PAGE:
Luckily he was so occupied with his own thoughts that he never noted the guilty air upon their faces, and they had time to compose themselves a little. But even thus his suspicions were aroused.
“What are you talking of so earnestly?” he asked.
“We were wondering how you were getting on with the Makalanga,” answered Benita, fibbing boldly, “and whether you would persuade them to face the ghosts. Did you?”
“Not I,” he answered with a scowl. “Those ghosts are our worst enemies in this place; the cowards swore that they would rather die. I should have liked to take some of them at their word and make ghosts of them; but I remembered the situation and didn’t. Don’t be afraid, Miss Clifford, I never even lost my temper, outwardly at any rate. Well, there it is; if they won’t help us, we must work the harder. I’ve got a new plan, and we’ll begin on it to-morrow.”
“Not to-morrow, Mr. Meyer,” replied Benita with a smile. “It is Sunday, and we rest on Sunday, you know.”
“Oh! I forgot. The Makalanga with their ghosts and you with your Sunday—really I do not know which is the worse. Well, then, I must do my own share and yours too, I suppose,” and he turned with a shrug of his shoulders.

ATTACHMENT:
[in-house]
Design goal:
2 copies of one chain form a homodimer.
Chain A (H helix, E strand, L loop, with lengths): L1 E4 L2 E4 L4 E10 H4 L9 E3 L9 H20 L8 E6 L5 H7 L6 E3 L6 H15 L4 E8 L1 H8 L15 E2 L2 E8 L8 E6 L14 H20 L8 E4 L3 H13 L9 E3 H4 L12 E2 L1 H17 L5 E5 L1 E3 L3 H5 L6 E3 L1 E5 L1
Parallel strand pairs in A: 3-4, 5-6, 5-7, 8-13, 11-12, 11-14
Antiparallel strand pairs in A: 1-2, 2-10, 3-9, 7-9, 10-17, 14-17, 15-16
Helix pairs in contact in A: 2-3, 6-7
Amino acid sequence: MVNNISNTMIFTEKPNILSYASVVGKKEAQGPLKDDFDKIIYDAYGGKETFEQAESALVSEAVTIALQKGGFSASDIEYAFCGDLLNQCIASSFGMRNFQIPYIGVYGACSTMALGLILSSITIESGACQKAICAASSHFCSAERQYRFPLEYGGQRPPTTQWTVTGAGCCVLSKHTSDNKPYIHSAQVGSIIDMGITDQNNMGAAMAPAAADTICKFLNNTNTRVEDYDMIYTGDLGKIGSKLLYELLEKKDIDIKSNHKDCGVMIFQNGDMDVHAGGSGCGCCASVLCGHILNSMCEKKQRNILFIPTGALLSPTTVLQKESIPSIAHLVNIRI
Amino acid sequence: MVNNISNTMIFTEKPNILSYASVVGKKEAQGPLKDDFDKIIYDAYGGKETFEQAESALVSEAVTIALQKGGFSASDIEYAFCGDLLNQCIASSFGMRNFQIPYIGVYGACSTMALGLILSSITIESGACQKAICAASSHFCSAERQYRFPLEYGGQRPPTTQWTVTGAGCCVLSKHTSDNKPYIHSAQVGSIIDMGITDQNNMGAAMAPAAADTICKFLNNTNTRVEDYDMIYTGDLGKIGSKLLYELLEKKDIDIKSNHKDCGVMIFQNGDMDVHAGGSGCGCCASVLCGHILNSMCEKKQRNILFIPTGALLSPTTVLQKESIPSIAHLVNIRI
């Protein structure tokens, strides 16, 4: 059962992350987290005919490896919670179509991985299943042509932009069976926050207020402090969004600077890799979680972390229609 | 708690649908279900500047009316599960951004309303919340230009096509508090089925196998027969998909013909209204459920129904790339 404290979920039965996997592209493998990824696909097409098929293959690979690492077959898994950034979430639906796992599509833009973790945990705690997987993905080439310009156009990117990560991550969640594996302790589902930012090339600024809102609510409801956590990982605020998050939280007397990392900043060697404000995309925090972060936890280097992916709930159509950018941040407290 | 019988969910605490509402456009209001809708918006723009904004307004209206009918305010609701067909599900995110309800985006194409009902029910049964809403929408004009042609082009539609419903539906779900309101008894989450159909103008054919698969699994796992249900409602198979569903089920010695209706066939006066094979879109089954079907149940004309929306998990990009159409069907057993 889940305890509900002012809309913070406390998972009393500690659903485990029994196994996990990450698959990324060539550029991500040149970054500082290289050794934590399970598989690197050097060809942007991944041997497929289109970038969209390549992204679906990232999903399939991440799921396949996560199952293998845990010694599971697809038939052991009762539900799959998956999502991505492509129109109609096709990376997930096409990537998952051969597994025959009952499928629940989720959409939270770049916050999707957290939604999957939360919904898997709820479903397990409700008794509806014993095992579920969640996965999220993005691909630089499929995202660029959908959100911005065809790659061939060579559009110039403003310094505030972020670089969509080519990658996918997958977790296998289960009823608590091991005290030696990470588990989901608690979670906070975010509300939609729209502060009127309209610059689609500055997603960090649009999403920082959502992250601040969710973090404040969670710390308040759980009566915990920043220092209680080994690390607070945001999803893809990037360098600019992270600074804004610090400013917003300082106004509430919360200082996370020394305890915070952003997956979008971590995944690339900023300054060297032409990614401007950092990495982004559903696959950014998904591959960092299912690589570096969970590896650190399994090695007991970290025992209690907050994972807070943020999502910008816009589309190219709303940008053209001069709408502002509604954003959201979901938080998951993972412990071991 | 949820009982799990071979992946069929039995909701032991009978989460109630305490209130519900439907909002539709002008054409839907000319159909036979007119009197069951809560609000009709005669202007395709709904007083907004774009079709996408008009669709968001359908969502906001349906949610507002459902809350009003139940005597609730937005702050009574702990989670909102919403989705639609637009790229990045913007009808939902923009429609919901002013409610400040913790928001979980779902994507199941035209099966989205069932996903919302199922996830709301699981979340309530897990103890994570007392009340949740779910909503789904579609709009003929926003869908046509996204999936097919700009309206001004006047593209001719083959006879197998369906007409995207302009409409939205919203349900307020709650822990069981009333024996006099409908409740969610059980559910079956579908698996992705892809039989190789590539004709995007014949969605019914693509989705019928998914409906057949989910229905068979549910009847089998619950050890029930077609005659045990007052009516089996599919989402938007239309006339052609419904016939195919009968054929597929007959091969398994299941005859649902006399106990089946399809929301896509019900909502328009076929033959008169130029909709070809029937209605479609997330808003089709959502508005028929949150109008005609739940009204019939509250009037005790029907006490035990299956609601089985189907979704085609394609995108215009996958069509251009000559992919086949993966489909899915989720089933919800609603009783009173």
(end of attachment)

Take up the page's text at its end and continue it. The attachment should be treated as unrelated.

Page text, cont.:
The next morning, Sunday, Meyer went to work on his new plan. What it was Benita did not trouble to inquire, but she gathered that it had something to do with the measuring out of the chapel cave into squares for the more systematic investigation of each area. At twelve o’clock he emerged for his midday meal, in the course of which he remarked that it was very dreary working in that place alone, and that he would be glad when it was Monday, and they could accompany him. His words evidently disturbed Mr. Clifford not a little, and even excited some compunction in the breast of Benita.
What would his feelings be, she wondered, when he found that they had run away, leaving him to deal with their joint undertaking single-handed! Almost was she minded to tell him the whole truth; yet—and this was a curious evidence of the man’s ascendancy over her—she did not. Perhaps she felt that to do so would be to put an end to their scheme, since then by argument, blandishments, threats, force, or appeal to their sense of loyalty, it mattered not which, he would bring about its abandonment. But she wanted to fulfil that scheme, to be free of Bambatse, its immemorial ruins, its graveyard cave, and the ghoul, Jacob Meyer, who could delve among dead bones and in living hearts with equal skill and insight, and yet was unable to find the treasure that lay beneath either of them.